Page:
Schmidt said when her group talked to a community organizer in east Boston, he said the neighborhood needed a memorial that gave a glimpse of these stories of displacement. It would be one way to remember those families who were driven out of their homes in the name of progress. He also told her they need raw data, but those numbers are difficult to track as new immigrants may not feel empowered or have the language ability to fight these illegal housing practices. A landlord may sell a property and issues eviction notices in English to clear out the building.
"We seek to reframe East Boston's most valuable asset as its resilient community," the students wrote in their presentation.
Alissa Marcano Santelli, a 23-year-old college student who is originally from Curaçao, said the issue of housing instability hits home. Moving to Boston was a culture shock after growing up on an island for much of her life and finding stable and affordable housing in the city has been a challenge. She currently lives in a basement apartment.
“In the three years I've been here, I'm going to be moving the fourth time,” Marcano Santelli said.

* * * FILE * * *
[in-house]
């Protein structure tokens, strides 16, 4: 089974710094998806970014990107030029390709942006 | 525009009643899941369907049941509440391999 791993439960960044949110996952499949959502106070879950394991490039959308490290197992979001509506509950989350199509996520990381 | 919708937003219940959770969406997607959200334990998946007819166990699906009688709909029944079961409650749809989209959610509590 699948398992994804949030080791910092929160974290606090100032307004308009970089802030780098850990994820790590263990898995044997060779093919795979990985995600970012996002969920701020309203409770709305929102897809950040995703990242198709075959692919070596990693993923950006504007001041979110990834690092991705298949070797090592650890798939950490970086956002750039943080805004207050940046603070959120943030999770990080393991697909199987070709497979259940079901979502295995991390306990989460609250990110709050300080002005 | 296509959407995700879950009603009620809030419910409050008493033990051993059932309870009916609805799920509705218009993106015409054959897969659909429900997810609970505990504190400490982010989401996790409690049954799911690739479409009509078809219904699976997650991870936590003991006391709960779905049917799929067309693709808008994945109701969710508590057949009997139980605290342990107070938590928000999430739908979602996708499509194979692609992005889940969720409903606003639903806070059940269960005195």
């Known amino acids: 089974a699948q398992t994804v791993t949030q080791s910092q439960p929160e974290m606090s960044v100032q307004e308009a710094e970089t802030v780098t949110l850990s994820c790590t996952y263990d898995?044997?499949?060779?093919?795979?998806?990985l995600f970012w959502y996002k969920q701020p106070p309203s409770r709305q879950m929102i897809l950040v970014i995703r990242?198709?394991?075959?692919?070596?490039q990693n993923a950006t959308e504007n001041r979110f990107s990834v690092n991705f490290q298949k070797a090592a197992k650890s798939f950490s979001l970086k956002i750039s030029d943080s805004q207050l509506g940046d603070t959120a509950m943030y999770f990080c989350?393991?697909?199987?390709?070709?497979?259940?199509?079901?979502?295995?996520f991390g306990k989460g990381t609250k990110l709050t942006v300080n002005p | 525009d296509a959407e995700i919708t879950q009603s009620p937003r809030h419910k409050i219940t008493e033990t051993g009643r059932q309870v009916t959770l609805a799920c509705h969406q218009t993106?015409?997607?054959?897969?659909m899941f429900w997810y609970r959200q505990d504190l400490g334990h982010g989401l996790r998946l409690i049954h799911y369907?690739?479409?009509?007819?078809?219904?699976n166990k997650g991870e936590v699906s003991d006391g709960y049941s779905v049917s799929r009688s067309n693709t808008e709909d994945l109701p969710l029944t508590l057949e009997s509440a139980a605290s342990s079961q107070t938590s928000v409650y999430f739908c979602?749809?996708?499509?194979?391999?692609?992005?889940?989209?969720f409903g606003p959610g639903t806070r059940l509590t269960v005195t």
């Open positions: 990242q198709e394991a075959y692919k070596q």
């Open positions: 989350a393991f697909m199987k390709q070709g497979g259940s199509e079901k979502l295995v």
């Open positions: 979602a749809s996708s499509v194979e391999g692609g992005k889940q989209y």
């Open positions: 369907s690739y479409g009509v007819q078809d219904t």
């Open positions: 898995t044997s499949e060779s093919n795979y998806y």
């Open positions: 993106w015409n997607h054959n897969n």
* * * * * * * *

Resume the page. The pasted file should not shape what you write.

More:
There’s trauma that can accompany such abrupt fluctuations, the lack of power in seeing a neighborhood change or being priced out of your home, De Simone says. She hopes this exhibit sheds light and that her students will use what they learned to design more equitable and welcoming communities.
"For me this exhibition is an idictment on that you could do these things with impunity," De Simone said. "It's saying no more. We're going to talk about this and it's going to have each of us reflect and look in the mirror and ask ourselves how are we complicit in this system?"
To Ben Goodman, a third year student at the architectural college getting his master's in landscape architecture, change begins with conversations like this and by including community stakeholders in the process.
"There's seems to be not enough opportunities or even interest in having discussions about how much of an effect spatial designers can have on the communities that experience them...how to actually best serve that community and not just the clients," Goodman said. "So I'm really grateful that we've had the opportunity to participate in this discussion."